The activated carbon with a granulation of 8 mm is supplied through a pipe system 12 located in roof 2 of the adsorber. The fill builds up between two concentric perforated walls 13. The perforated walls 13 consist of sheet metal strips arranged in the manner of venetian blinds (louvers) through which the flue gas flows. The activated charcoal is continuously withdrawn by inclined chutes 14 in the bottom 3 of the adsorber. Hence the fill travels downward as a unit. The supply and withdrawal of the activated carbon proceeds in a gastight manner through the cell wheel gates 15 and 16. The loaded activated carbon, after the dust has been removed on the filter 17, is transported by a conveyor 18 to a regeneration installation (not shown). The activated carbon which has been regenerated there and has been cooled by a thermal regeneration to approximately 130°, is again filled into the adsorber via the pipe system 12. The activated carbon is circulated between adsorption installation and regeneration installation to facilitate continuous operation.
Under unfavorable conditions, the local temperature inside the activated carbon fill 8 may rise to such a degree that it self-ignites. In order to counter the hazard of spontaneous combustion, the following steps are taken.
The intake line 6 is connected to the exit line 9 by a connecting line 19 to constitute a gas circulation system comprising the intake line 6, the exit line 9 and the connecting line 19. Each of the lines has a valve 20, 21 or 22, respectively. Upon closing valves 20 and 21 and opening valve 22, the flue gas present in the adsorber and in the connected pipe lines is circulated. The induced draft blower 10, located in exit line 9, serves as circulating blower. It is also possible to partially open valves 20 and 21 when valve 22 is open. In this case, only part of the exiting desulphurized flue gas is circulated (revolved), by being mixed, via connection line 19, with the flue gas entering via gas line 5 and intake line 6. It is also possible to inject an inert gas into the gas circulating system.
Within the gas circulating system, e.g. in the exit line 9, there is a heat exchanger 23, through which a coolant, e.g., water, flows. In this heat exchanger, the fed-back flue gas can be cooled. Instead of using a gas cooler, the temperature of the fed-back flue gas can also be lowered by direct injection of water.
The connecting line 19 holds a thermocouple 24 for measuring the temperature of the fed-back flue gas and a measuring instrument for determining the oxygen content in gas. Monitoring the temperature and the oxygen content gives clues about the behavior of the activated carbon in the fill 8. An increase in temperature and a decrease of the oxygen content suggest that a smoldering fire develops or spreads. A decrease in temperature or an increase in oxygen content suggest fading away of the hazard of spontaneous combustion. In both cases, suitable steps must be taken in order to suppress, by increasing or reducing the fed-back flue gas quantity, the spontaneous combustion of the activated carbon.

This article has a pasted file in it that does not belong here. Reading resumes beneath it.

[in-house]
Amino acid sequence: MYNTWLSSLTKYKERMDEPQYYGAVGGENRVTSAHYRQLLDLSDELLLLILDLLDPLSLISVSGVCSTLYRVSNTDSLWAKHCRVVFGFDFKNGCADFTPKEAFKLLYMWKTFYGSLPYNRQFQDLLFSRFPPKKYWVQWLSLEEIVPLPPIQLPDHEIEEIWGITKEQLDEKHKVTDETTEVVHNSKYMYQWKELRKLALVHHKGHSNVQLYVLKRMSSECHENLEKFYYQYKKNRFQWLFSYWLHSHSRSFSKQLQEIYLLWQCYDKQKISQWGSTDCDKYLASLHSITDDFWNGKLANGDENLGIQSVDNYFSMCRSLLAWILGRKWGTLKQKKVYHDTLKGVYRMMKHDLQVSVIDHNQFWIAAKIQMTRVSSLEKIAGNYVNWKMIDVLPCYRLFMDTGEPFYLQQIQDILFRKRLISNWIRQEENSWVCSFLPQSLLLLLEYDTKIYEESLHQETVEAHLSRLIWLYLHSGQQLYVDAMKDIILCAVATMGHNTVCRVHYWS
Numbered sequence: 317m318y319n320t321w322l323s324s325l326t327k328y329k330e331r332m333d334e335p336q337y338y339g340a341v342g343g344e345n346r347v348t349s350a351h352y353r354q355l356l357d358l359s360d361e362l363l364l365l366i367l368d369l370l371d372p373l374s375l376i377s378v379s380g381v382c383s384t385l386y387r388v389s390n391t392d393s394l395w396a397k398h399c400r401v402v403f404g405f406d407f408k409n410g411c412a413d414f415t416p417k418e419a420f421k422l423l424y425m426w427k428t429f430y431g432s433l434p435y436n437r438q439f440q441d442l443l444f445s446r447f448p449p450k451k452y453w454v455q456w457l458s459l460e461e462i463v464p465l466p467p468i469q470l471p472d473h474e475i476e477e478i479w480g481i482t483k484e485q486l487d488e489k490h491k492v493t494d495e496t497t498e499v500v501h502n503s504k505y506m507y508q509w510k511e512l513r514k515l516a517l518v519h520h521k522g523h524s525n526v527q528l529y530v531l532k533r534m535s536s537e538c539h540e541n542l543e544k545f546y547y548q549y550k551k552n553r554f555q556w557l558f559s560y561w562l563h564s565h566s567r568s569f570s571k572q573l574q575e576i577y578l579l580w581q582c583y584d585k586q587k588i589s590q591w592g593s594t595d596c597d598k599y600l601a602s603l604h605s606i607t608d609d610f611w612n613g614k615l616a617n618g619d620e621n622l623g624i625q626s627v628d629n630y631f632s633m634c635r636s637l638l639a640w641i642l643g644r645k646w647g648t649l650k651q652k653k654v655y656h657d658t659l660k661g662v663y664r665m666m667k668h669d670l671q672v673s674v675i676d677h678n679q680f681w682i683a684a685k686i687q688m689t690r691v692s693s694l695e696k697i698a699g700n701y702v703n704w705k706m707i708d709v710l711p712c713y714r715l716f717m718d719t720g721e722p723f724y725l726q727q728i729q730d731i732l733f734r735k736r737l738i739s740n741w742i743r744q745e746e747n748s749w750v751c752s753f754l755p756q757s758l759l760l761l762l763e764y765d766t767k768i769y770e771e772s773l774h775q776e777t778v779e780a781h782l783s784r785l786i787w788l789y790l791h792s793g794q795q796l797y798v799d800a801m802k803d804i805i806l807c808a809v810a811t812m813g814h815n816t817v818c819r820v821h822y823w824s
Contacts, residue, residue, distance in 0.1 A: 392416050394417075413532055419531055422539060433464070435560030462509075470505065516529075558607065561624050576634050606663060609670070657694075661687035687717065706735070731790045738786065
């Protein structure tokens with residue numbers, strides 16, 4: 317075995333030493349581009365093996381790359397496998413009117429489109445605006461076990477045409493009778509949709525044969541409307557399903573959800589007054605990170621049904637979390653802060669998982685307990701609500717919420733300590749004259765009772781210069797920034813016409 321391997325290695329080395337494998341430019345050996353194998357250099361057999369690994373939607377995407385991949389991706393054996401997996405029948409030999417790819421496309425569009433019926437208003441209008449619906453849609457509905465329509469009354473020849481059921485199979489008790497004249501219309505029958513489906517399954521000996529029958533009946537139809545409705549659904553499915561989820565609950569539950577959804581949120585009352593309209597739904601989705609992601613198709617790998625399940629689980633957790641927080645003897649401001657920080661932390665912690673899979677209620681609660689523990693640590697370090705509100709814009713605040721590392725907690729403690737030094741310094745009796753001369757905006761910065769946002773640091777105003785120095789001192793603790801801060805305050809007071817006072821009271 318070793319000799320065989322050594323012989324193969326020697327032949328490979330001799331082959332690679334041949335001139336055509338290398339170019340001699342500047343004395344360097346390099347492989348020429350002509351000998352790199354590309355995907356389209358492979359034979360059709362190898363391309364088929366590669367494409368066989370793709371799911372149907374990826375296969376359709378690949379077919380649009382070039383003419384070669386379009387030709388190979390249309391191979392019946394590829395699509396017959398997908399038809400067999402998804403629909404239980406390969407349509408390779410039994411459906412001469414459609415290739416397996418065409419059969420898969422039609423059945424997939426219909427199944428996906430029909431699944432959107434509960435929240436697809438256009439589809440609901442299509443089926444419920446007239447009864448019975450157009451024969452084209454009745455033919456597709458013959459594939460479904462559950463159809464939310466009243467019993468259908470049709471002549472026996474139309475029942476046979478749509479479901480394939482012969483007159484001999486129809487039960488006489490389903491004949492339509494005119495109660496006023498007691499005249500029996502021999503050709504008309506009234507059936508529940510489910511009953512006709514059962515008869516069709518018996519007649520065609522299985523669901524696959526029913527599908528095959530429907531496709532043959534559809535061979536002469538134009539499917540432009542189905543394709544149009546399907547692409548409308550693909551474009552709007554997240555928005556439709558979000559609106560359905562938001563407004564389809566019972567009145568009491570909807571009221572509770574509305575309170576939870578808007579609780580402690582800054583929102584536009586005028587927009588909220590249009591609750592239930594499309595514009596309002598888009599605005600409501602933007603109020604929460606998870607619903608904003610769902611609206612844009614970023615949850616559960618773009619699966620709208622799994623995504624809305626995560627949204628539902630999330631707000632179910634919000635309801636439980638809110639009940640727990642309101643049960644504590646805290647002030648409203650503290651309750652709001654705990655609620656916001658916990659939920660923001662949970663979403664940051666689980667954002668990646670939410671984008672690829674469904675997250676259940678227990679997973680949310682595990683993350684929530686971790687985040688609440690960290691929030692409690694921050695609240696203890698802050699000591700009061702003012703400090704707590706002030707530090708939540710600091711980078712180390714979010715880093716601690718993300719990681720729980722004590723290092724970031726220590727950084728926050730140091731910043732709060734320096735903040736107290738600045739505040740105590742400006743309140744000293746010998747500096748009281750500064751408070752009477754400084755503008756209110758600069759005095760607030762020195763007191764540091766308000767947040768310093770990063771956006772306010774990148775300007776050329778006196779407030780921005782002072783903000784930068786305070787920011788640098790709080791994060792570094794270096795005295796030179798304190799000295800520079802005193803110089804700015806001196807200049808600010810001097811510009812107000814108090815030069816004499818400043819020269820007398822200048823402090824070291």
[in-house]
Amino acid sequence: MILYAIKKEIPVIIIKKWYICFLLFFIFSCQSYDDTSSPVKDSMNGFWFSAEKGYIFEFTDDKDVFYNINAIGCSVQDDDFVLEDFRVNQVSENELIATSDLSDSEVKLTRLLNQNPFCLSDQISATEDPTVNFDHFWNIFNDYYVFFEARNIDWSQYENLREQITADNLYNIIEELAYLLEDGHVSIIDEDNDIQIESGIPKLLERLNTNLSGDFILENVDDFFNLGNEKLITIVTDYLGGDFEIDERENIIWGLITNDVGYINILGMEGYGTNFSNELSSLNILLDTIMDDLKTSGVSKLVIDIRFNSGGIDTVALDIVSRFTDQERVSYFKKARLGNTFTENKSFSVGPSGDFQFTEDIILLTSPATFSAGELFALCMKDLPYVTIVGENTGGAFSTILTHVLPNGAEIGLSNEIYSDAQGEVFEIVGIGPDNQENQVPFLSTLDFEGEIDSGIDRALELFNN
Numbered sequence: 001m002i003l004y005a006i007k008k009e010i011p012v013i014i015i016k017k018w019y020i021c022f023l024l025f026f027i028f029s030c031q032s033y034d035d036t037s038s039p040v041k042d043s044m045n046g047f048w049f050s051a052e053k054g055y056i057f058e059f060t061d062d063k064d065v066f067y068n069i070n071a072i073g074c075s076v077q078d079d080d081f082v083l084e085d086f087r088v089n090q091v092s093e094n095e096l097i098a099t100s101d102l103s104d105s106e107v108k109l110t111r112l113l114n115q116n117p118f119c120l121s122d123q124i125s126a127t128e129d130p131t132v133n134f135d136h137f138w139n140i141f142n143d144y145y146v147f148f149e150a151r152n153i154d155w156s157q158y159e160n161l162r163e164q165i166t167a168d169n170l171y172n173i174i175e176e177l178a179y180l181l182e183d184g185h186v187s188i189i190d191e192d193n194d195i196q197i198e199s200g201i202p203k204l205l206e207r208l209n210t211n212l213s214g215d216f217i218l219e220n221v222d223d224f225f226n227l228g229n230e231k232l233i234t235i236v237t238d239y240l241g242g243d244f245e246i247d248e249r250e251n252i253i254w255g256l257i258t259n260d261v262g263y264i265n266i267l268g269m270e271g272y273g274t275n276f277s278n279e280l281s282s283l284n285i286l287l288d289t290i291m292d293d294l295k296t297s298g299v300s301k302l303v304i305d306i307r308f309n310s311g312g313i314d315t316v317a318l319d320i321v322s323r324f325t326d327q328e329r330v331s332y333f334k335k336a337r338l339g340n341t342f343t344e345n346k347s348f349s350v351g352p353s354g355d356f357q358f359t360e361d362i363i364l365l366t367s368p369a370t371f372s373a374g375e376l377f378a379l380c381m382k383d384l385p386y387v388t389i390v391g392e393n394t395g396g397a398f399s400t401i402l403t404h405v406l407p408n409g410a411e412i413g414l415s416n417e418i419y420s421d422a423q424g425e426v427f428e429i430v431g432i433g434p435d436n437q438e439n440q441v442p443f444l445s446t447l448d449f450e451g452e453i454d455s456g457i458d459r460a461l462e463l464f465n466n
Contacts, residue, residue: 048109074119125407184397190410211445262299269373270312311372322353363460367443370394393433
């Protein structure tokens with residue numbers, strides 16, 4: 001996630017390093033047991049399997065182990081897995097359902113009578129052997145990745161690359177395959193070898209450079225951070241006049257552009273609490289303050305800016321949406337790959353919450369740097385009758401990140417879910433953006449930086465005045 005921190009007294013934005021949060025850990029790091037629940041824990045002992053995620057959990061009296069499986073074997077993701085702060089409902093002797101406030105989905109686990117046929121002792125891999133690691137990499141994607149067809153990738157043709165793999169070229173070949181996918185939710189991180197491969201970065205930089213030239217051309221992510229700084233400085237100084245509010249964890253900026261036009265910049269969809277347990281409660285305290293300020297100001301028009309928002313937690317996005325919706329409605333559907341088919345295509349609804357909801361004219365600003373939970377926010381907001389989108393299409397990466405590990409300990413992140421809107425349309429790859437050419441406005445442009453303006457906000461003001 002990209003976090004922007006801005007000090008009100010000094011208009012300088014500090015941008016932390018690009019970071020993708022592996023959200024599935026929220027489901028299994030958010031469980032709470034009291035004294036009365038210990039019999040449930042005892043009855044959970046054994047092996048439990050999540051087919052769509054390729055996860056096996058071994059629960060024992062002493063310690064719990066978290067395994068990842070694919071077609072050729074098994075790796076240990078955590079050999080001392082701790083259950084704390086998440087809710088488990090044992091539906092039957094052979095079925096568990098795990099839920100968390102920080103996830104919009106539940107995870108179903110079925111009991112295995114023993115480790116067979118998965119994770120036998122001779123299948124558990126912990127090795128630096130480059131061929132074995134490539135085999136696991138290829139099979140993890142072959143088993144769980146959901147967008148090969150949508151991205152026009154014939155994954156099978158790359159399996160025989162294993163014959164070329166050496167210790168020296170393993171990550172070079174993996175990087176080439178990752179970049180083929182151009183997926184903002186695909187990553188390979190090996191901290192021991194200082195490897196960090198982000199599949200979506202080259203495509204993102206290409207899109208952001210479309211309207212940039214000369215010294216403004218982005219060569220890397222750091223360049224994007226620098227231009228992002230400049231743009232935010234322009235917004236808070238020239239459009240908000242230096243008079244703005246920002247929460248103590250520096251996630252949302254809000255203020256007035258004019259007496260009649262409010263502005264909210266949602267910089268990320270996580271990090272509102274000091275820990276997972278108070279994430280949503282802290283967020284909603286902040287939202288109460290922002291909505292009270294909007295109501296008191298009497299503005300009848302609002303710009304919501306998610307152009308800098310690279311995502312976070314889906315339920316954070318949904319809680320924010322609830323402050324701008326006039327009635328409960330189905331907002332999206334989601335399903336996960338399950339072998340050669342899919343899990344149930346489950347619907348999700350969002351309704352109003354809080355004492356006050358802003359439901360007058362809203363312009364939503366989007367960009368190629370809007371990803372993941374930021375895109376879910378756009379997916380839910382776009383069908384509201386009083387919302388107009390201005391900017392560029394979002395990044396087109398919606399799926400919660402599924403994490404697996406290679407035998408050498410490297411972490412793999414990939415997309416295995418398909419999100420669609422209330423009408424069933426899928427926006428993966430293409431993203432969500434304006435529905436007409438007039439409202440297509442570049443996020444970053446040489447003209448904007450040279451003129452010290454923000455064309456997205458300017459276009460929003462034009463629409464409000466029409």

Another possibility of monitoring is the measuring of the temperature in the activated carbon fill. Since the activated carbon 8 may have a volume of several thousand cubic meters, it is difficult to utilize individual temperature measuring locations. It is better to place pipes 26 in the activated carbon fill; measuring gas travels inside these pipes in a direction opposite to that of the direction of motion of the activated carbon. Thermocouples 27 are located in the gas path of these pipes 26. If the activated carbon fill is heated up at any point of a pipe, the temperature of the measuring gas in the pipe rises. This indication can be used to initiate a control device through which the gas flow of the fed-back flue gases is turned on or intensified.
In order to avoid inrush of air due to leaky shutoff devices or other leaky design elements, in case of a shutdown of the adsorber, a certain amount of flue gas or inert gas is fed into the adsorber. This produces a slight overpressure in relation to the atmosphere.
The active carbon fill 8 is divided into sections or cells by vertical radial heat-insulated partitions. In this manner possible smoldering fires can be restricted locally. The individual sections can be charged separately with fed-back flue gas. Thus, smoldering fires can be purposefully cooled or extinguished by an intensified flue gas supply, an inert gas may be added to the flue gas.
Without further analysis, the foregoing will so fully reveal the gist of the present invention that others can, by applying current knowledge, readily adapt it for various applications without omitting features that, from the standpoint of prior art, fairly constitute essential characteristics of the generic or specific aspects of this invention, and therefore, such adaptations should and are intended to be comprehended within the meaning and range of equivalence of the following claims.
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|U.S. Classification||95/14, 96/150, 55/338, 95/25, 95/137, 96/112, 96/397, 95/110, 55/479|
|International Classification||B01D53/06, B01D53/02|
|Cooperative Classification||B01D2253/304, B01D53/08, Y02C10/08, B01D2257/302, B01D2253/102, B01D2259/40088, B01D2258/0283, B01D2257/404, B01D2257/2027, B01D2257/504|